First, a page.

You may have thought that Republican beatings in the last election caused party leaders to think more carefully about promoting policies that antagonize the electorate.
You would be wrong. We know this from an op-ed published in the Wall Street Journal under the name of Sen. Mitt Romney (R-Utah). The article appeared on Nov. 10, two days after the vote, when congressional leadership was still up in the air.
However, smart money was already betting that Democrats would at least retain their Senate majority and that while the GOP could win a majority in the House of Representatives, it wouldn’t be nearly as large as expected.
Republican and Democratic governments have run budget deficits for most of the postwar period, [which] requires a periodic increase in the debt ceiling.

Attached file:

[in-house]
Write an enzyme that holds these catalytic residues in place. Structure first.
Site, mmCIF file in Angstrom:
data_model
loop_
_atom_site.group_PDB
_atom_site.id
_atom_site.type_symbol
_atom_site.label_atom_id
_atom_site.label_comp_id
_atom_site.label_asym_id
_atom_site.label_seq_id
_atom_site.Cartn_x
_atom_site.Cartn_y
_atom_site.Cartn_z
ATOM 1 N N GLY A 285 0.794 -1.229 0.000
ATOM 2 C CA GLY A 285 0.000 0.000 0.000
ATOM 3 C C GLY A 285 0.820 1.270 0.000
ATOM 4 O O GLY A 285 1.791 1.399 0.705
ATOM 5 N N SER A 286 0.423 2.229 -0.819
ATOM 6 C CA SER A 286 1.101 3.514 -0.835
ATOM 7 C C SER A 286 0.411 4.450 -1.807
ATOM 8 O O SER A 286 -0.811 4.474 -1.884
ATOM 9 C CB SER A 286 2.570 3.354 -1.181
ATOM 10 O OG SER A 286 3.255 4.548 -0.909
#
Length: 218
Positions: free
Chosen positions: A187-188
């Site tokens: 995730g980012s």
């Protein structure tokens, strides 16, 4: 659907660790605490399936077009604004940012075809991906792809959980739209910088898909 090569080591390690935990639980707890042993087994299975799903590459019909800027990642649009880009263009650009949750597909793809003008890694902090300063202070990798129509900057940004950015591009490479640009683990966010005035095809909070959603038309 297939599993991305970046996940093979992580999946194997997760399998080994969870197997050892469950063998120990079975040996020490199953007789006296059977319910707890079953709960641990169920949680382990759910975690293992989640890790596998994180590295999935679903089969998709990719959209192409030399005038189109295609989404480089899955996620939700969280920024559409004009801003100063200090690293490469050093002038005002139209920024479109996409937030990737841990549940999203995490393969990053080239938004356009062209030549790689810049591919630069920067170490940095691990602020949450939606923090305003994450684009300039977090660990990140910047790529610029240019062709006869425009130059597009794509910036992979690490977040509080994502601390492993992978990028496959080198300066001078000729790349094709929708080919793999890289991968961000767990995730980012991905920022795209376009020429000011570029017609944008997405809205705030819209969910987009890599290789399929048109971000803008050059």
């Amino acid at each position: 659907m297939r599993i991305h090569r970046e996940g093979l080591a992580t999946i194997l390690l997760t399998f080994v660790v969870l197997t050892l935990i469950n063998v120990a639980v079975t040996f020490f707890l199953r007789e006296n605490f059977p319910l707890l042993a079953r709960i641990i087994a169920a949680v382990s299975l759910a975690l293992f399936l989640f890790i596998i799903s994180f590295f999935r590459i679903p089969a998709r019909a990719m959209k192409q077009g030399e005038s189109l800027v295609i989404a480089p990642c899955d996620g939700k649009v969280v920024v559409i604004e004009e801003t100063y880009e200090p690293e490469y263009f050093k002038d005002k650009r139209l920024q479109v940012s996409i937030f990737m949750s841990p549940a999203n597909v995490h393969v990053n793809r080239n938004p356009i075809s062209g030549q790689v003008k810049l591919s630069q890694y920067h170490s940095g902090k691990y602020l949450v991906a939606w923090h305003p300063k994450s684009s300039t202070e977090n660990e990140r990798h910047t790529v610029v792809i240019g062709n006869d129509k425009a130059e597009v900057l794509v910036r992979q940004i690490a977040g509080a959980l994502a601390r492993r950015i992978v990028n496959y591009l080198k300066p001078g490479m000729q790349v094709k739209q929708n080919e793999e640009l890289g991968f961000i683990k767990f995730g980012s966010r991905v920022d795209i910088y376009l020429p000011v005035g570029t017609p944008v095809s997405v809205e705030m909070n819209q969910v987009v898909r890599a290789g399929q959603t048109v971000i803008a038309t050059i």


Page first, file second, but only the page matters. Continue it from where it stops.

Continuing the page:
— Secretary of the Treasury Janet L. Yellen, September 2021
Nonetheless, Romney revived the traditional and discrediting Republican shibboleth of attacking Social Security, Medicare, and Medicaid as “entitlements” that caused inflation. The truth is they’re nothing like that, but when did that matter to the GOP?
As Democrats have retained their Senate majority, the chances of blanket hacking the benefits of these programs have diminished for now.
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But with Republicans regaining their majority in the House of Representatives, there’s still a chance they’ll try to hold the US economy hostage in order to force some sort of compromise on programs, no matter how detrimental to the general public could.